Welcome to Naypyidaw, the capital of Burma. This newly built self-aggrandizing tribute to the glory of the military Junta (that has ruled Burma since WWII) boasts all the hallmarks of a 21st-century capital city: rows of towering hotels, grandiose museums, and pristine sixteen-lane highways. There is just one thing about this capital city that sets it apart from all the others: no one seems to live in it.
"Why would you want to go there? There's nothing there," asked the owner of our hostel when we discussed the possibility of visiting Naypyidaw. Strolling around the miles and miles of deserted motorway that circle the sprawling ghost town a few hours later, the blank and confused expression on his face seemed completely justified. On November 6th, 2005, at exactly 6:37 AM, Burma's capital was moved from the cultural, historical, and economic heart of the country, Yangon, (or Rangoon as its often spelled) to a barren site 320 miles further north. Than Shwe, a senior general and de facto head of state, had been advised by his team of highly prominent astrologers that this was the most auspicious time for the transfer.
The initial rationale for the move was strategic: Yangon, you see, is situated close to the southern coast, so Than Shwe, who became increasingly paranoid during his reign from 1992 to 2011, feared an amphibious invasion. Naypyidaw, on the other hand, sits right in the center of the country. Than Shwe believed that he was the reincarnation of an old Burmese monarch (King Kyansittha, who ruled from 1084 to 1112, to be exact), which explains a lot about his rule over the country. It also explains why the capital is named Naypyidaw, which can be translated into "Abode of Kings".
Sitting in the lobby of one of the city's soulless luxury hotels, we were treated more like foreign diplomats than backpackers. There were at least two hotel workers tending to every guest with the kind of exhausting enthusiasm that makes you think they probably don't experience too much human interaction on a day-to-day basis.
Than Shwe’s plan was to turn Naypyidaw into a global tourist hotspot, but unfortunately that hasn't quite come to fruition yet. No one (apart from the thousands of civil servants who were forced to migrate) has settled in this town. All you get is a series of poorly designed tourist sites.
The handful of museums here are either half built or empty, and the only redeeming feature is the grand parliament building. But it's closed off, and you can barely get close enough to take a picture. Most of the buildings have a kind of neoclassical-meets-southeast-Asian design, which sort of reminded me of Hitler’s ambitions for a futuristic Berlin. As we lumbered around Naypyidaw, the abject failure of this city—which is now almost eight years old—came into clear focus. Surrounded by luxurious hotels, perfect motorway, and a complete lack of humanity, I almost forgot I was in Burma, becuase there were no Burmese people there. And then a badly paid worker slaving over a flower bed asked me for a drink of water, and I realized I wasn't in Burma at all—I was walking around the fantasy of an irrational megalomaniac.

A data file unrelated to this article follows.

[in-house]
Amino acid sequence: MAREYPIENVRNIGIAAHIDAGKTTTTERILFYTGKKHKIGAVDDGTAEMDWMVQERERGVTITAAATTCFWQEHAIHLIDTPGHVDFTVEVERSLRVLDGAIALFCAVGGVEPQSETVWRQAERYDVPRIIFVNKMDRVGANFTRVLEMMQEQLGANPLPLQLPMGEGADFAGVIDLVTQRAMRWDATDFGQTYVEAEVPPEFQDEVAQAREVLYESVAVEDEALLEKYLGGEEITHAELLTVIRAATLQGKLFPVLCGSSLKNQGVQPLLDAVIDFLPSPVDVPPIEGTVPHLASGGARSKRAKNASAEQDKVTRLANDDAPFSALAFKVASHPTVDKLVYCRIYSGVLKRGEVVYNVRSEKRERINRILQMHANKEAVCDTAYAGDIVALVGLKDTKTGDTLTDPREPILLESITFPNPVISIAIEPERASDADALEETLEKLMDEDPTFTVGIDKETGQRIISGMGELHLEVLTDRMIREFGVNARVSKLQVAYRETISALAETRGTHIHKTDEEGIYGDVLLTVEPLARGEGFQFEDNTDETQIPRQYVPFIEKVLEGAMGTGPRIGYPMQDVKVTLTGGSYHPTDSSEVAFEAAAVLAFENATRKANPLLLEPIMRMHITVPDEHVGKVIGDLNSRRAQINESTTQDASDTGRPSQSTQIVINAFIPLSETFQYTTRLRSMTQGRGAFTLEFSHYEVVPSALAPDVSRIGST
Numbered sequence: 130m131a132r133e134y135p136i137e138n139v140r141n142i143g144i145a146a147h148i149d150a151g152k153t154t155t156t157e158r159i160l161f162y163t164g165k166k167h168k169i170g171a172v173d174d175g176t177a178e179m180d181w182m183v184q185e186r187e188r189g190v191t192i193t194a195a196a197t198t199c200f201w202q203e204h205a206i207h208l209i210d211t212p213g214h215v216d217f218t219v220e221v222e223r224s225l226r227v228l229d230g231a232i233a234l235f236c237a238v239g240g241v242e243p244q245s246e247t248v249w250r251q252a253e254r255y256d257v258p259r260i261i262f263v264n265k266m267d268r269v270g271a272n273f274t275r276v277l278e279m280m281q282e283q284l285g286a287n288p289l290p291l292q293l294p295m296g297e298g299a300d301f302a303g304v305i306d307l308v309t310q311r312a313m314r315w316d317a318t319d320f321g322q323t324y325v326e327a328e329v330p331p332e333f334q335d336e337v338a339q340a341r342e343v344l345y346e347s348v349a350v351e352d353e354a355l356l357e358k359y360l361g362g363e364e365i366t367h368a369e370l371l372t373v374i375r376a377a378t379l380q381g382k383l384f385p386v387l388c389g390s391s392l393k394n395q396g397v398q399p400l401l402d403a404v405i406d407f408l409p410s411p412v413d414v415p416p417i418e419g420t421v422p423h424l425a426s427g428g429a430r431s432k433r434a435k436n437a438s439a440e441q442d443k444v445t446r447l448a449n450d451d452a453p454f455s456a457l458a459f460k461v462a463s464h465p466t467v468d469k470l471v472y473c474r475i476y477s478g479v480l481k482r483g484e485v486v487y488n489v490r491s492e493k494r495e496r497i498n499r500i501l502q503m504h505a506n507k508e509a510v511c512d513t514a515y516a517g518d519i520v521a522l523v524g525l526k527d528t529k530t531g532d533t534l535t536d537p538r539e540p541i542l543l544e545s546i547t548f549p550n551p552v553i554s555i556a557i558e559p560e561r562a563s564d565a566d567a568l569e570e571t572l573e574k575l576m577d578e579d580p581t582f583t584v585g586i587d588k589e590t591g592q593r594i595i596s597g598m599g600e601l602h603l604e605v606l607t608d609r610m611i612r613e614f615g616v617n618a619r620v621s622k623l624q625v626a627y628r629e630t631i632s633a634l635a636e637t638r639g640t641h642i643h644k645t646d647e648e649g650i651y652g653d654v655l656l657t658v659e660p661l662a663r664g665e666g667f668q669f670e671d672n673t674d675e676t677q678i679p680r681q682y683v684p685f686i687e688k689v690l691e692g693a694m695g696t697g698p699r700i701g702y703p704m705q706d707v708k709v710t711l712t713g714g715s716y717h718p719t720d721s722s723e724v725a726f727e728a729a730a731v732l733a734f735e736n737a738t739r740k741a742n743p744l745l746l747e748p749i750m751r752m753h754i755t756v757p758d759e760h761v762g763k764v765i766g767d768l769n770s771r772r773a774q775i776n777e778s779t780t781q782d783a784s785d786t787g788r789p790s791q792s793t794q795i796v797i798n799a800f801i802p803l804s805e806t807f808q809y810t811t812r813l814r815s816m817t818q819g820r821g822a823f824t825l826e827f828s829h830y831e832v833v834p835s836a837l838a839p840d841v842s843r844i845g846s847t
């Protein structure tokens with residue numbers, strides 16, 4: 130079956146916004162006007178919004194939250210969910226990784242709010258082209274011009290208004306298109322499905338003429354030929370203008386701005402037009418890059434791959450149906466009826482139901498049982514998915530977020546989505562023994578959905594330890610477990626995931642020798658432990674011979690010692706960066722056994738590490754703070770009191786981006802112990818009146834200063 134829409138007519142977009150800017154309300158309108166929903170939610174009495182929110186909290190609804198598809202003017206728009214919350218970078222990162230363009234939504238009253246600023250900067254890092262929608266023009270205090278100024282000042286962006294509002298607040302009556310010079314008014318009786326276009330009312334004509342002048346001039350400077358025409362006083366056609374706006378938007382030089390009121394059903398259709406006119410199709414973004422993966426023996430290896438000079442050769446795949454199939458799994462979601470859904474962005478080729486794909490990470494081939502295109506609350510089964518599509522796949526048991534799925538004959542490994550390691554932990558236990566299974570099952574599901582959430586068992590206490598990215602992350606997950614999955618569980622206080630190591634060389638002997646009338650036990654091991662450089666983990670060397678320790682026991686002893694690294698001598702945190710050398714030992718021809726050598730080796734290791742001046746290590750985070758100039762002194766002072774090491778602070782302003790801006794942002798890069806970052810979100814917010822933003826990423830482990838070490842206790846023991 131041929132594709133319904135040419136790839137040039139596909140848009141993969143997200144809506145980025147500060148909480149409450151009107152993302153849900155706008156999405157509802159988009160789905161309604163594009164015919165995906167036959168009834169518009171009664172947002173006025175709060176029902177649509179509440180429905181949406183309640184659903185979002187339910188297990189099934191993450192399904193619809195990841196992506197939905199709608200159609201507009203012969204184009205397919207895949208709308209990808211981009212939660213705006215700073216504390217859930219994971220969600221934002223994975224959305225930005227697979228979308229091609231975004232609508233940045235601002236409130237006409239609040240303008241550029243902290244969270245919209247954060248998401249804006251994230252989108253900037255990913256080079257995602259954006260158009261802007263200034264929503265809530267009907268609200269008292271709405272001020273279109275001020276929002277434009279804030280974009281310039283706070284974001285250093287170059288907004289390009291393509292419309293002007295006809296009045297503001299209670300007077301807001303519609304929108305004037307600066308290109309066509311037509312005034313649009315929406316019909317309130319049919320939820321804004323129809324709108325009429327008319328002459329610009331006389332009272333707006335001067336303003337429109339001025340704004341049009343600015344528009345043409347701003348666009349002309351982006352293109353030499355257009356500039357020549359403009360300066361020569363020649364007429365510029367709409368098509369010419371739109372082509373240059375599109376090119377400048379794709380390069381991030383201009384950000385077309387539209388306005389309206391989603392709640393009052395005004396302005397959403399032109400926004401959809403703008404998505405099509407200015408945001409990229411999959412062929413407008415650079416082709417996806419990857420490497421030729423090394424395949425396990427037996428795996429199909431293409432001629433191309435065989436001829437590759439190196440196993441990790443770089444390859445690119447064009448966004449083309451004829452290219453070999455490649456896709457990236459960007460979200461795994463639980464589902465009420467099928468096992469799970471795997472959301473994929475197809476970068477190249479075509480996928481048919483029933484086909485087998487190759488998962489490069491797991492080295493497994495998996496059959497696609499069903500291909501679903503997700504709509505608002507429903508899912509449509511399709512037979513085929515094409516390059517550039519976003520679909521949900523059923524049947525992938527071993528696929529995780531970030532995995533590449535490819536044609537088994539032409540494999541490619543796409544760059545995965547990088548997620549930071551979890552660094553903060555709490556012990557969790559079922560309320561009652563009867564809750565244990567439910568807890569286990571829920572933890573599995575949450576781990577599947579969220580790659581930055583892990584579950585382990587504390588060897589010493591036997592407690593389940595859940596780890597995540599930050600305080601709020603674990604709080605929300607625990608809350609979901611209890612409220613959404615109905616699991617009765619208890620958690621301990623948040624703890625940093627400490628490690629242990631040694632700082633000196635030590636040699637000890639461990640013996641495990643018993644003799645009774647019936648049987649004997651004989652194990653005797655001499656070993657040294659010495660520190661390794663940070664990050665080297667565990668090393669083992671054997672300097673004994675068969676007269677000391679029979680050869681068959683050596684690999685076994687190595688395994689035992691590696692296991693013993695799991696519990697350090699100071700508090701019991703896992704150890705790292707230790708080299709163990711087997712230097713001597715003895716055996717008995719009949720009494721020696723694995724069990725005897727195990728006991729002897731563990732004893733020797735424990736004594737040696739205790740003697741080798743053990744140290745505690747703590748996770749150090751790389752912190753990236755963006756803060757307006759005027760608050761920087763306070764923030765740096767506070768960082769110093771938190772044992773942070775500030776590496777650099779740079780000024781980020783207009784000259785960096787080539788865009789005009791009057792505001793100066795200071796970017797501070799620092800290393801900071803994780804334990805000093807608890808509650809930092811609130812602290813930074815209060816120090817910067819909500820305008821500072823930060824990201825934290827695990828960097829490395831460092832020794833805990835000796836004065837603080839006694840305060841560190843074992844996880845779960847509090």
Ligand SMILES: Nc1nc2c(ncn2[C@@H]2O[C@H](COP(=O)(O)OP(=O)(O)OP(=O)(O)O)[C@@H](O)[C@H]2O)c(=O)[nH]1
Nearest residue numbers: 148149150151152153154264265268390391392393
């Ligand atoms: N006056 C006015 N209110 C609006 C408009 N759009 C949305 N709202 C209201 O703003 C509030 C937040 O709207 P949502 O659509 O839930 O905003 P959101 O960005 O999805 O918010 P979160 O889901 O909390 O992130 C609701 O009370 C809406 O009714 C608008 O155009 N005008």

The real tragedy of this situation is the cost to the Burmese people. A rough estimate by Burmese publication The Irrawaddy puts the construction costs at roughly $42 billion, but of course the longer development continues, the more this figure will increase.
The country is plagued by poverty and remains one of the poorest countries in South East Asia. Yet, instead of tackling this problem, the government continues to pour money into their new capital. And what's perhaps even more tragic is the fact that, to finance the project, the government has borrowed billions of dollars, mainly from the Central Bank, meaning future generations of Burmese people are going to be burdened with the debt.
But it's no real surprise, considering the way the military government's affinity for ignoring the Burmese people. In 2008, for instance, when Cyclone Nagris killed 130,000 people and left two to three million homeless, the government prevented most international humanitarian aid by declining to issue visas. Still, things are changing in the country. Than Shwe surprisingly stepped down in 2011, but the military still dominates as power has now been passed to another general, Thein Sein. Whether Thein Sein will deliver on his promise of democratic change remains to be seen. But one thing remains clear, building work will continue in earnest in Naypyidaw.
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